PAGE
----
Pro Tools 2020 introduces folder tracks. Folders will transform the way you work with Pro Tools. This blog concentrates on folder track basics so you can get up and running quickly.
Folder tracks can perform a simple organizational function or can be part of your session routing infrastructure. With that in mind, there are two types of folder tracks: Basic Folder Tracks and Routing Folder Tracks. Basic Folder Tracks are simply for organizational purposes and allow you to quickly collapse your tracks and tidy them out of the way. Routing Folders combine the organizational aspect of a Basic Folder with the ability to route audio through the folder as you would an Aux Input. You can immediately see the difference in the Mix Window or Edit Window as a Routing Folder has audio functions on the track such as inserts, sends and so on while a Basic Folder does not.
There are a number of ways to create a folder. You can choose to create the Folder Track first and add tracks to it or you can create a folder based on your track selection.
To create an empty Folder Track just use the New Tracks dialogue where you will be presented with the option to create either a Basic Folder or a Routing Folder.
Once the folder is created, there are a number of ways to move tracks into it. You can drag tracks onto the folder and you can see that the yellow box in the UI helps you to see which folder you are dragging on to. You can do this in the Edit Window, the Mix Windows and even the Tracks List. Alternatively, you can right-click on a track or group of tracks and select the “Move to…” option. Here you can choose to move the tracks to an existing folder. Here we can also move tracks back out of a folder using the “Top Level” option.
If you select some tracks in the session, right click on them and choose Move To… you will also see the option to create a New Folder based on track selection and you can then choose whether to you want a Basic Folder or Routing Folder. If you choose Routing Folder, then you have an option to automatically route tracks through the new folder. This creates a new bus, which has the same name as the folder, and routes all the tracks in the new folder to the bus. An even easier way to create a folder from a track selection is to use the Command + Shift + N shortcut. Finally, if you are working on a session that has come from a previous version of Pro Tools then you might have already set up your routing through Aux Inputs. In this case you can right-click on the Aux Track and choose to convert it to a Routing Folder track. Then just put the tracks that were being routed to that Aux Input into the new Routing Folder and you’re done. You can use Pro Tools’ bus interrogation feature to make this even easier. Simply right-click on the output path on the track and choose the option ‘Show Only Assignments to…’.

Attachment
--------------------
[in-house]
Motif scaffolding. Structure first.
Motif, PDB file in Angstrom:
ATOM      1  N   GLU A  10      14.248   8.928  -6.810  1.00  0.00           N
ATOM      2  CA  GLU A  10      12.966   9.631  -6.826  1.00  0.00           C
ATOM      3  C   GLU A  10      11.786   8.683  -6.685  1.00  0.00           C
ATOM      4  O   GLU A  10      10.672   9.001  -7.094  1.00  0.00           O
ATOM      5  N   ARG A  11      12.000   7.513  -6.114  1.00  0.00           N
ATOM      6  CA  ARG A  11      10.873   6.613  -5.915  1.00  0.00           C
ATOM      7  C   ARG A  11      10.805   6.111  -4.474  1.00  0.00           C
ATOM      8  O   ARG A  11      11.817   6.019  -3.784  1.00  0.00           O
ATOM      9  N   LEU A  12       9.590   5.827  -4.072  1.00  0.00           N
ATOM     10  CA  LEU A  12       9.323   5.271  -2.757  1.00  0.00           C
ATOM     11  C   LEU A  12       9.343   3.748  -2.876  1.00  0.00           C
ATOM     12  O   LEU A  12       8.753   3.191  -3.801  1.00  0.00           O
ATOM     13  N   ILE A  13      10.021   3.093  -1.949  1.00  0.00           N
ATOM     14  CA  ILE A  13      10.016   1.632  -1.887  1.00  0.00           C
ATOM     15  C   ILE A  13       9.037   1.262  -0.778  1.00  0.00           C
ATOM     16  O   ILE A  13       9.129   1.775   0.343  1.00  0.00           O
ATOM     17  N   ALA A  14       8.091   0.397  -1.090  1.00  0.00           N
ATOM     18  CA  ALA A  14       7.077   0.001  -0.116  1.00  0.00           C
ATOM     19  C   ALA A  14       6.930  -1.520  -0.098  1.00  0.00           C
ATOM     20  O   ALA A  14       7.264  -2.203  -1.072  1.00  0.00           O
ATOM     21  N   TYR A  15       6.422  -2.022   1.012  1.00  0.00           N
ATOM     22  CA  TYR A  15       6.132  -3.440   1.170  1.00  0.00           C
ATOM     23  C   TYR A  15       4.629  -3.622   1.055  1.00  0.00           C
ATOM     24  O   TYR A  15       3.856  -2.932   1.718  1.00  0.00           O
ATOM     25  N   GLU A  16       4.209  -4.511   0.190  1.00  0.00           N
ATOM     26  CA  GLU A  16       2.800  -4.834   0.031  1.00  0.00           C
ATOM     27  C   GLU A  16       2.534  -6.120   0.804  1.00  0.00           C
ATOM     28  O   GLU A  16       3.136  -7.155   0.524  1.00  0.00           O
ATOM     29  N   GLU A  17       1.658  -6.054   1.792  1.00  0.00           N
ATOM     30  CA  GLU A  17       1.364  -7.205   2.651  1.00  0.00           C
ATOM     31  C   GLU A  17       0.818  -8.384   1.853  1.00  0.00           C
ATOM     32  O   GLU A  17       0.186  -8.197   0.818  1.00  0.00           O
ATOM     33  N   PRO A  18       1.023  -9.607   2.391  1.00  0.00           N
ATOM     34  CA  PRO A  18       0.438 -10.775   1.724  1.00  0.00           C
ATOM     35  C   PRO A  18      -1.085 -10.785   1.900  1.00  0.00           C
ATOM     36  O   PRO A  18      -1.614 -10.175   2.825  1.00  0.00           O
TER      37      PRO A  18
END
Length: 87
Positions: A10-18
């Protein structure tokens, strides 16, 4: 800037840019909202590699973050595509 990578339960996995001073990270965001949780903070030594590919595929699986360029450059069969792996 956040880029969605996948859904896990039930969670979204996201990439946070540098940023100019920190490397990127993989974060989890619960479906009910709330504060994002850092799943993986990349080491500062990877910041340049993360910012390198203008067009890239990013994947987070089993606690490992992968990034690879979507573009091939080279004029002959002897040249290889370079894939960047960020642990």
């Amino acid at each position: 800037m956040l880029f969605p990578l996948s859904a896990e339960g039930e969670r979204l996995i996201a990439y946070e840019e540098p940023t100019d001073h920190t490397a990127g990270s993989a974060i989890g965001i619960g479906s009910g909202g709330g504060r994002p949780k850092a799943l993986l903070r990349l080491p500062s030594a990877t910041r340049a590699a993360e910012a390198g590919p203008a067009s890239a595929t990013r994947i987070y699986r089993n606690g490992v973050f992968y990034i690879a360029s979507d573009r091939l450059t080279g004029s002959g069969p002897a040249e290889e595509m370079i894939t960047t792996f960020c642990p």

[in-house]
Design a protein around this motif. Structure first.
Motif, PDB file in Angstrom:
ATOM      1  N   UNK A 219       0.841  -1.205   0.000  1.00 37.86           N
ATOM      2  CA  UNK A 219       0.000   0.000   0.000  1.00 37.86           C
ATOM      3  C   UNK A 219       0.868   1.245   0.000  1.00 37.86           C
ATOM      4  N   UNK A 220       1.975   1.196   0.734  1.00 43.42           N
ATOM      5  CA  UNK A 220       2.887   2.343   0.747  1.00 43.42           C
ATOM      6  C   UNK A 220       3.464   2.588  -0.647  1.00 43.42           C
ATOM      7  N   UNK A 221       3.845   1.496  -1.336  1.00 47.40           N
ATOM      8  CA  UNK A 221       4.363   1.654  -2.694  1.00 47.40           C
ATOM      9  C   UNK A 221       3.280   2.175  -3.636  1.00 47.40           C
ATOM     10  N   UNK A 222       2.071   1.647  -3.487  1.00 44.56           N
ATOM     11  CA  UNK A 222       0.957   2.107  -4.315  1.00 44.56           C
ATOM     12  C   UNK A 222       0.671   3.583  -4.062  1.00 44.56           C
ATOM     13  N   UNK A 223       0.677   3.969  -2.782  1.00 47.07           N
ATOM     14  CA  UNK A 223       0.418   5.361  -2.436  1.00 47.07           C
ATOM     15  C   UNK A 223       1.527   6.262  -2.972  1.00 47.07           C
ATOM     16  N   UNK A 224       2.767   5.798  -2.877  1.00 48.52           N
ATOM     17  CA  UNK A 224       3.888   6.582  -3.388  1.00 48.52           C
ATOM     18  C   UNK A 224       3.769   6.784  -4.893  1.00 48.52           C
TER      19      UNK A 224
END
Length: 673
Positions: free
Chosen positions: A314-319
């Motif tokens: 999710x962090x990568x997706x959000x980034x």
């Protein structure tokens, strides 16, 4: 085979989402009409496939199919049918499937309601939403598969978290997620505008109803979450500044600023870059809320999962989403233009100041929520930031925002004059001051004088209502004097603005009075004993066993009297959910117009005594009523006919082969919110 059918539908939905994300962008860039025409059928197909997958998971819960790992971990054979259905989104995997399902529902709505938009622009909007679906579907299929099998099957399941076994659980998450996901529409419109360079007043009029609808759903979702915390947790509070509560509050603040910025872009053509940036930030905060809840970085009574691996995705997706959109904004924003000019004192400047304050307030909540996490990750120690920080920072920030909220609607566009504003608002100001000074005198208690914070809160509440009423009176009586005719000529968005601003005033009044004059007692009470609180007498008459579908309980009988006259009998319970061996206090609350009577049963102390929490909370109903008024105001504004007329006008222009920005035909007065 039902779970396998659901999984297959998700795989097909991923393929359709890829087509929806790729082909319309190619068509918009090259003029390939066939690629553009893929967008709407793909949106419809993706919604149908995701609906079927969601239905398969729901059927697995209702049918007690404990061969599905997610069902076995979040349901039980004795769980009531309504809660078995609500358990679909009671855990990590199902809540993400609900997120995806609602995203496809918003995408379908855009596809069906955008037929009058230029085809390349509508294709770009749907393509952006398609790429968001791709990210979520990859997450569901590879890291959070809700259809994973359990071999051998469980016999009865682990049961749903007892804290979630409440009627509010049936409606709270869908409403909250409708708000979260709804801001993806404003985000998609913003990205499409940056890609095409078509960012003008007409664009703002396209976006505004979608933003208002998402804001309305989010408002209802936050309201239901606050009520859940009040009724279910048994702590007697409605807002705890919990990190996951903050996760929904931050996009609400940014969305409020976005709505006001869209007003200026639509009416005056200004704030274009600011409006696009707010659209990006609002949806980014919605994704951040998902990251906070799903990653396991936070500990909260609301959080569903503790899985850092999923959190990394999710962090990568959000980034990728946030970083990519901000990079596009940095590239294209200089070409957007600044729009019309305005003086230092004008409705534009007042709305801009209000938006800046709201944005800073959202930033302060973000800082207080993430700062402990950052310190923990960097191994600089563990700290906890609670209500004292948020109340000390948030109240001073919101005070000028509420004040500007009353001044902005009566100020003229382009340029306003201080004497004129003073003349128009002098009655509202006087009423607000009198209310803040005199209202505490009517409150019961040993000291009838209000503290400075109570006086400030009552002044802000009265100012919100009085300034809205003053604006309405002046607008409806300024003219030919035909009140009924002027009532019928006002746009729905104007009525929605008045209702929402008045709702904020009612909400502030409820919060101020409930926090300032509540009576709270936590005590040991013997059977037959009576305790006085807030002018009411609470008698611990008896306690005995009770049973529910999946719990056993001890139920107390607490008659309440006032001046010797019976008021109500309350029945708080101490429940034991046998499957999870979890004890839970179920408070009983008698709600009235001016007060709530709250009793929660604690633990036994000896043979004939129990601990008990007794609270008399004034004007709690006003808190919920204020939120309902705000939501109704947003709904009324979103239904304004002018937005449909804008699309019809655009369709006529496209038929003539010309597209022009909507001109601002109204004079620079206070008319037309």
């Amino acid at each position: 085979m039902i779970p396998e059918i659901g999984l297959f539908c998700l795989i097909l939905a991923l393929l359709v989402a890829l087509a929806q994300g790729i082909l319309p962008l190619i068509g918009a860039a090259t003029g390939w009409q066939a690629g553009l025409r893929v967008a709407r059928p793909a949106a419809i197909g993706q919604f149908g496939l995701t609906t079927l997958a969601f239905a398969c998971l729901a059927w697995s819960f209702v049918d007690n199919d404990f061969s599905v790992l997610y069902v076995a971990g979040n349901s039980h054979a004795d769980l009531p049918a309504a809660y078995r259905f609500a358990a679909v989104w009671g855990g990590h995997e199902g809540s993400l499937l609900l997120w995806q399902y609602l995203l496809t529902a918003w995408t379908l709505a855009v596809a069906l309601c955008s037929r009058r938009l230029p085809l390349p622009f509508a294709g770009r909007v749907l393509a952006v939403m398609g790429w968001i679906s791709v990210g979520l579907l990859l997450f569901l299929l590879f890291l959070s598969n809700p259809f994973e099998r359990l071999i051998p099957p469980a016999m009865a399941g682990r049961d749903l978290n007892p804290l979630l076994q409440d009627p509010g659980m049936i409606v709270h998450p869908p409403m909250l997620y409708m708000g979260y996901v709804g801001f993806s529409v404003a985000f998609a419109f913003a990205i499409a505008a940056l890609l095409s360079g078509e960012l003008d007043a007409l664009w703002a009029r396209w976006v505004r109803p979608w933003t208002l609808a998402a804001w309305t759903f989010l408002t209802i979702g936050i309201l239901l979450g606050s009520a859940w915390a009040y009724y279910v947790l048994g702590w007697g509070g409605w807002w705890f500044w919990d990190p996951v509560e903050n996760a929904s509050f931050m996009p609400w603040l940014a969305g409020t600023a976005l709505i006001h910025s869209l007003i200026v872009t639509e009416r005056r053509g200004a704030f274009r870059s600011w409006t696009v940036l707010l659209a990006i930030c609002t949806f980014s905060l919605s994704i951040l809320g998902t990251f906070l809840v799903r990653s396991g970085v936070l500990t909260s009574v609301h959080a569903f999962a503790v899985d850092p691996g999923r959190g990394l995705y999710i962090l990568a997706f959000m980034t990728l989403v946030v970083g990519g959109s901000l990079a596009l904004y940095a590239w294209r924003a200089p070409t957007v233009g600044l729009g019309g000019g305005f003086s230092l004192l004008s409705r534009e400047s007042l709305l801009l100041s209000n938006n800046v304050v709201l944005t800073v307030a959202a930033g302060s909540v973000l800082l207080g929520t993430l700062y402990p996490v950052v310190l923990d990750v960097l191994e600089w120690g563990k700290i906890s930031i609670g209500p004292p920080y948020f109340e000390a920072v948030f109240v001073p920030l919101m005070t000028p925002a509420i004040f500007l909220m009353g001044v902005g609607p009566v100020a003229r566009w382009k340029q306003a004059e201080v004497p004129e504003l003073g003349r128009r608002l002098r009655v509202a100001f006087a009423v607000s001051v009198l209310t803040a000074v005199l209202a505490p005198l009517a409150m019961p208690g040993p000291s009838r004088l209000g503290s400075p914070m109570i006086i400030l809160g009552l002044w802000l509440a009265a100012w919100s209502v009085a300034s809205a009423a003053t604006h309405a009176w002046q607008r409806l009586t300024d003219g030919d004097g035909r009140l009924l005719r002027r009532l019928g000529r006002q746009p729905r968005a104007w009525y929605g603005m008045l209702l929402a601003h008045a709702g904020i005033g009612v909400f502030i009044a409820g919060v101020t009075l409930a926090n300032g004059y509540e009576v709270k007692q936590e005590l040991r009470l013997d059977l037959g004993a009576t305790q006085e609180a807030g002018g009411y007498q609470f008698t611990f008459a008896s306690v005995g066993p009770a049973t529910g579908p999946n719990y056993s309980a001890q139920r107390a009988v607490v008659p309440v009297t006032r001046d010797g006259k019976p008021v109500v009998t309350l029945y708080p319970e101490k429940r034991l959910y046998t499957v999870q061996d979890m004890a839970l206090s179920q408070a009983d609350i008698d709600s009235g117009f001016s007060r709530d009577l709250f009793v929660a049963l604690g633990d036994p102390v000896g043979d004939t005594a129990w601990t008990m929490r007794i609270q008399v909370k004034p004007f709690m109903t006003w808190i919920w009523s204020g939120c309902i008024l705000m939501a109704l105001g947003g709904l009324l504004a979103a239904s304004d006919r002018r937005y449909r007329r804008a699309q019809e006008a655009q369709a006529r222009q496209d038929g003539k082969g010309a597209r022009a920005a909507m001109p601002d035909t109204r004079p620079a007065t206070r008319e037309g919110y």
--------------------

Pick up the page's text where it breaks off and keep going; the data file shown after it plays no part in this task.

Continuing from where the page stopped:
If a folder is open and you create new tracks directly under that folder then the new tracks will be added to the folder. If that’s not what you want to do then make sure that you close the folder before creating new tracks.
Of course, you can create folders within folders and create a complex nested folder structure. The Tracks List is a great way to keep an eye on this as it’s very easy to see what’s going on.
Opening and Closing Folder Tracks
Once the folder tracks have been created, opening and closing them is simply a case of clicking on the Folder icon by the track name, either in the Mix Window or the Edit Window or by clicking on the triangle next to the name in the Tracks View. Alternatively, there is a keyboard shortcut. Shift + f will open or close the selected folder track or tracks.
You will notice that both folder track types have signal indicators These are simply to show any activity that is going on with any tracks that are in the folder: green for audio and yellow for MIDI. Of course, a Routing Folder has regular track meters that are used to meter the audio going through the folder but those meters will only reflect audio that has been specifically routed through it, whereas the signal indicator will show if there is any audio on any track in the folder.
Solo and Mute
Soloing and Muting logic differs between Basic Folders and Routing Folders.
When you solo either a Basic Folder or a Routing Folder track, the members are not muted. Soloing a member of Basic Folder is the same as if you pressed solo on that track and it wasn’t in a folder However, a Routing Folder behaves differently as there is audio going through the track. If you solo a member of a Routing Folder its folder is not muted. This allows you to solo member tracks without having to worry about solo-safe.
Muting a Basic Folder will mute all of its members. However, muting a Routing Folder simply mutes the audio output of that folder. This is an important distinction as if you have tracks in a Routing Folder that are being routed elsewhere then the audio from those tracks will persist even though the Routing Folder is muted.
A very cool feature of folder tracks is the ability to perform editing commands on tracks that are in a closed folder. For example, if you make a selection on the closed Folder Track you can copy it and paste elsewhere on the timeline. This will be explored in other articles looking at workflows for music and post.
I hope that this has been a useful introduction to folder tracks and how they are implemented in Pro Tools. Dive in and try it for yourself and see how much neater your sessions look!